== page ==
Rhubarb made it to the Netherlands in the early 1700's - not the stalks, but the root of the rheum rhabarbarum was popular at the time: it had laxative properties for those in need of such medicine and was much desired by merchants and apothecaries alike. Het Nederlands Magazijn, a popular publication in the 1900th century, discusses both Chinese and Russian rhubarb, and mentions several other varieties. In the Netherlands, once rhubarb was introduced, through the English, who already mention recipes with rhubarb stalks in the mid to late 1800's.
However, the Dutch did not embrace this plant until the late, late 1900s. Although recipes are still limited to sweet concoctions such as rabarbermoes, rabarbersiroop, rabarbercake and rabarbervlaai, the country is slowly but surely tapping into the many possibilities of this versatile tangy, oxalic-acid rich vegetable. The people at the famous Historische Groentenhof, the historical vegetable courtyard, are returning Dutch heirloom rhubarb varieties from elsewhere, with names as Donkere Bloedrode, Scheemdermeer, Amersfoorter Roem and Zwolse Rode.
Restaurants in the country are getting ready to celebrate their second annual Dutch Rhubarb Week, from the 18th through the 28th of June. And these chefs are not just cooking pastries and pies with it, but branch out into every aspect of their culinary experience: rubs, marinades, soups and even a rhubarb liqueur is on the menu!
As for us here at The Dutch Table, we're making one of our most favorite summer desserts: rabarbervla, or rhubarb pudding. It's a tangy, sweet, creamy type of pudding that is easy to make, and is very refreshing! We don't add sugar to the rhubarb until after the warm sauce is made and cooled off: this way it takes less sugar to sweeten it.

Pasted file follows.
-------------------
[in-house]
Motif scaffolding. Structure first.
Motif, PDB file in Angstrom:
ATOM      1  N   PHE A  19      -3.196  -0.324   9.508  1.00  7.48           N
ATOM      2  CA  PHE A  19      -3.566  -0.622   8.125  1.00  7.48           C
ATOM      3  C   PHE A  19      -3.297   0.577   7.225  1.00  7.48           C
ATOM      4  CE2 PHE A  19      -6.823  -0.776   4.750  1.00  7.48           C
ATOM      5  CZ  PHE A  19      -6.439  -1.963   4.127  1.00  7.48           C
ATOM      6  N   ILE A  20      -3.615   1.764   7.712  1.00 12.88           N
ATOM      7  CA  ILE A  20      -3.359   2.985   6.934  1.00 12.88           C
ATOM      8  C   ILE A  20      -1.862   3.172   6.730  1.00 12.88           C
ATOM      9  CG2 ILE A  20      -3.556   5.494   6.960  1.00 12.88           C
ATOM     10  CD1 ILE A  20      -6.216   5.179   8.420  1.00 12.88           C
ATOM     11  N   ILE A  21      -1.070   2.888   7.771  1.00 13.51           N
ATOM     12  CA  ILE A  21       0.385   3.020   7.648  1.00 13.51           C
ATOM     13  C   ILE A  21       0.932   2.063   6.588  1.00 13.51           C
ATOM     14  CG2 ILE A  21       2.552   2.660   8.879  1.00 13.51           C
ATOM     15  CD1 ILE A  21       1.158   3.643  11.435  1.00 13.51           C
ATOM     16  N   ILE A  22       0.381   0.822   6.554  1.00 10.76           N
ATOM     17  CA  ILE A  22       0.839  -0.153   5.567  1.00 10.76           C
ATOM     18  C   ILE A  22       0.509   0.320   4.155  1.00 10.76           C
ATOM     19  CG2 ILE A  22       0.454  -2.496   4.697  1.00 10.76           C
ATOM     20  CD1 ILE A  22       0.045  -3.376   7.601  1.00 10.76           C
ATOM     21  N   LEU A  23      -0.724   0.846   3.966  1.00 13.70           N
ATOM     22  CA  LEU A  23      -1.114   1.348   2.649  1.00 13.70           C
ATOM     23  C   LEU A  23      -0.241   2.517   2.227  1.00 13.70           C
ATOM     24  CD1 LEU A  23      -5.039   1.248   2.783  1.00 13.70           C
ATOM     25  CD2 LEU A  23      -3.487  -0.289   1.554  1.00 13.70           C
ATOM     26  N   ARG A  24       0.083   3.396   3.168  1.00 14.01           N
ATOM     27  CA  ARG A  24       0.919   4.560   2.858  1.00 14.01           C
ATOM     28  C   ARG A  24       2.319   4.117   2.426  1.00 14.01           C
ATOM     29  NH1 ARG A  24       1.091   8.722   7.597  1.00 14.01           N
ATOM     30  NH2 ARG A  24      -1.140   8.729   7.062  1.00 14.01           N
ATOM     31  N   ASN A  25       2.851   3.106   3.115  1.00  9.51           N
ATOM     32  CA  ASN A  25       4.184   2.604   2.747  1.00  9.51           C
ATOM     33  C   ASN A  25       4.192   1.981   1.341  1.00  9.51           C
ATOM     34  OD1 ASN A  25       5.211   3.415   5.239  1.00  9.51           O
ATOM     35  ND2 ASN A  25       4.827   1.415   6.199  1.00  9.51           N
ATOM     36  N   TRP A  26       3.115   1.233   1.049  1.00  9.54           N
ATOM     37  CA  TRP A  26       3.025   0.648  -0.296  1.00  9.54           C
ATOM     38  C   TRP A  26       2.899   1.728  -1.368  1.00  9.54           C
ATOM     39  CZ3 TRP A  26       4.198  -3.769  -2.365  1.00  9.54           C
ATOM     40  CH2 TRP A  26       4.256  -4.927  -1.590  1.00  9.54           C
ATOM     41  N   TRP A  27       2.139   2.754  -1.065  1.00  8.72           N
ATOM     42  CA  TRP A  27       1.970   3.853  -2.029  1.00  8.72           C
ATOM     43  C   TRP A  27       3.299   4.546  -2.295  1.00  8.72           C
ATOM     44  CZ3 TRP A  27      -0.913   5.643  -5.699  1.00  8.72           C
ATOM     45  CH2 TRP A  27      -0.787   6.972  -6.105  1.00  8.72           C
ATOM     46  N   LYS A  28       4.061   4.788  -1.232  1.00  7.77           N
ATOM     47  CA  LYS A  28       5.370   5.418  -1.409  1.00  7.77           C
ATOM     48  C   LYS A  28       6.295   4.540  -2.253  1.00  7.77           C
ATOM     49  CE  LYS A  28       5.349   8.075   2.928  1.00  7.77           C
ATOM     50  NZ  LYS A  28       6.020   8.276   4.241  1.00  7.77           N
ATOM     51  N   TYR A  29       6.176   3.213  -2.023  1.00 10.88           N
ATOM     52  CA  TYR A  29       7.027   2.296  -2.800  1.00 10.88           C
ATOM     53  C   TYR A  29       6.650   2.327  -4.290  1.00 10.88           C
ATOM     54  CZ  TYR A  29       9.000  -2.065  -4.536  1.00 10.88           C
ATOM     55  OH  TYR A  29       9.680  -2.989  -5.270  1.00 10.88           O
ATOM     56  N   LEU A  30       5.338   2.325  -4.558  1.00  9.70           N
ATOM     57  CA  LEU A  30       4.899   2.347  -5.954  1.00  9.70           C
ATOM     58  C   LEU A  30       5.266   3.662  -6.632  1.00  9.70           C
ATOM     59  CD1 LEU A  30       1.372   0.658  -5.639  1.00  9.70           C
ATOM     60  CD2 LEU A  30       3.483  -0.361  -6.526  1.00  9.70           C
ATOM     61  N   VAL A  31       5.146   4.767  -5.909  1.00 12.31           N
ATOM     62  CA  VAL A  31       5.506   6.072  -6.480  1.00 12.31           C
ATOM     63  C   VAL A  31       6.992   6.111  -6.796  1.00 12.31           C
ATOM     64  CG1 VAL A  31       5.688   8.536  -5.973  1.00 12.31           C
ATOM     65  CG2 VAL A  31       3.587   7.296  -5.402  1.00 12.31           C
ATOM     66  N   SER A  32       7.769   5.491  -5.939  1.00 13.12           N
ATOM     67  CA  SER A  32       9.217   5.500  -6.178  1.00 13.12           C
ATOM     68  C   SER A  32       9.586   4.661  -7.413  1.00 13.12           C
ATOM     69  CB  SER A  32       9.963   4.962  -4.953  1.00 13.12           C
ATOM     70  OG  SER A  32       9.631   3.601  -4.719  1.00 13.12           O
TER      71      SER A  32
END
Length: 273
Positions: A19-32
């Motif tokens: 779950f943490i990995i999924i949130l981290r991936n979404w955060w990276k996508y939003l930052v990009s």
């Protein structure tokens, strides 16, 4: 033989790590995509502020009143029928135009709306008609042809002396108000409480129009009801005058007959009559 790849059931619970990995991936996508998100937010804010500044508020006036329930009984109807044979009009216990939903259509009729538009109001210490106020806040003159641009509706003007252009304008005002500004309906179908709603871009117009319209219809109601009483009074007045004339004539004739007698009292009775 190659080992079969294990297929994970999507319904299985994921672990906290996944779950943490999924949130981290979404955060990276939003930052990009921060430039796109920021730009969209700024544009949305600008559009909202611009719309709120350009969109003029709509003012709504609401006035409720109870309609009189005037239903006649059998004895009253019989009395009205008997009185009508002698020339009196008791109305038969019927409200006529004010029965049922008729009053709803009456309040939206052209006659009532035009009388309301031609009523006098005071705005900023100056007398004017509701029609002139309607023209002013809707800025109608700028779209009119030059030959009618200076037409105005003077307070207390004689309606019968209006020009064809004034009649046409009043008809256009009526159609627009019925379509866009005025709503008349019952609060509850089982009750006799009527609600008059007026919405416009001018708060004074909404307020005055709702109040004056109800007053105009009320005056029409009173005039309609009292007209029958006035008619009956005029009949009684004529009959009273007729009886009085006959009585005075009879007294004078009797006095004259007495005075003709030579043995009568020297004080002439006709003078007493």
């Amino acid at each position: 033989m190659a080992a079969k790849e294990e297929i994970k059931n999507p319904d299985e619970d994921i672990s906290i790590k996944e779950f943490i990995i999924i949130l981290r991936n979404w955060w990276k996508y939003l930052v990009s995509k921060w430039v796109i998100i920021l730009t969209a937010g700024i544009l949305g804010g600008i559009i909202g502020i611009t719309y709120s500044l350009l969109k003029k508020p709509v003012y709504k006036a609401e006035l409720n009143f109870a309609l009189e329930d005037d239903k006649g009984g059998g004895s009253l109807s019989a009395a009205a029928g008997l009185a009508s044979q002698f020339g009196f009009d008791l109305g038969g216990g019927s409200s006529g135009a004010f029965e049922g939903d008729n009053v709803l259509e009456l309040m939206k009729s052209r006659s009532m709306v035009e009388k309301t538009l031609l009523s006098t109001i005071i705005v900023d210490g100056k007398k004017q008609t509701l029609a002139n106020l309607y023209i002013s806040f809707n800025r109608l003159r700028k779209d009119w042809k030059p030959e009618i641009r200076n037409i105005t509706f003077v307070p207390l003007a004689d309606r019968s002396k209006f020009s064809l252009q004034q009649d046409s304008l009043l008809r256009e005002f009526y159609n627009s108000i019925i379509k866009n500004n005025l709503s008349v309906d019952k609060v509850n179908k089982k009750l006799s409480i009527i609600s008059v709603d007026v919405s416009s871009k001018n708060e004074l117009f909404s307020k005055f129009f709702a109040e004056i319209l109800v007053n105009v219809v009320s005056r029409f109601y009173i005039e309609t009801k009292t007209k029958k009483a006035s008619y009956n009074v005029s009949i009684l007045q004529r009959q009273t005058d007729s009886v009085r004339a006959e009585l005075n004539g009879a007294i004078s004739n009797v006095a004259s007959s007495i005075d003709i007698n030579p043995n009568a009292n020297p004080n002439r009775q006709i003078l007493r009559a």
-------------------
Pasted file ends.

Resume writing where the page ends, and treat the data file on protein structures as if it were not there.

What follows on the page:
1 lb rhubarb, washed and diced (approx. 4 cups)
1/2 cup water
2 egg yolks
1 tablespoon corn starch
1/4 cup sugar
1 cup heavy whipping cream
2 tablespoons sugar
Put the diced rhubarb on the stove with the 1/2 cup of water, and simmer slowly, for about fifteen minutes, or until the pieces are soft and falling apart. Mash them with a fork until all the lumps are gone. In a separate bowl, stir the two egg yolks with the corn starch. Add a tablespoon of hot rhubarb sauce to the eggs and stir until the rhubarb is incorporated. Do this two or three more times: you are tempering the eggs to the temperature of the rhubarb, so that when you stir in the egg yolks you don't end up with scrambled eggs! Now, stir the egg yolk mixture into the remaining sauce in the pan and stir, on medium heat, for a minute or two until the mixture thickens. When you are able to trace a line on the bottom of the pan and the sauce does not immediately fill in the void, it's done. Set aside and cool.
When the sauce is sufficiently cooled, stir in the 1/4 cup of sugar. Taste. If it's too tangy, add a little bit more, but not too much, as the whipped cream is also sweetened.
Whip the heavy cream until stiff peaks form, adding two tablespoons of sugar** at the end. Save about half a cup, and fold the rest into the cold rhubarb. Sometimes, the acidity of the rhubarb will cause the whipped cream to curdle: you'll see small dots of white in the sauce. If this happens, don't panic: take a stick blender to the sauce and the lumps will disappear.
Pour the vla in four chilled cups, add a dollop of whipped cream on top and garnish with a strawberry or a lange vinger.
** You are welcome to add up to half a cup of chopped strawberries to the sauce: it will make it sweeter and more red.
*You can also use sweetener or vanilla sugar, if you'd like.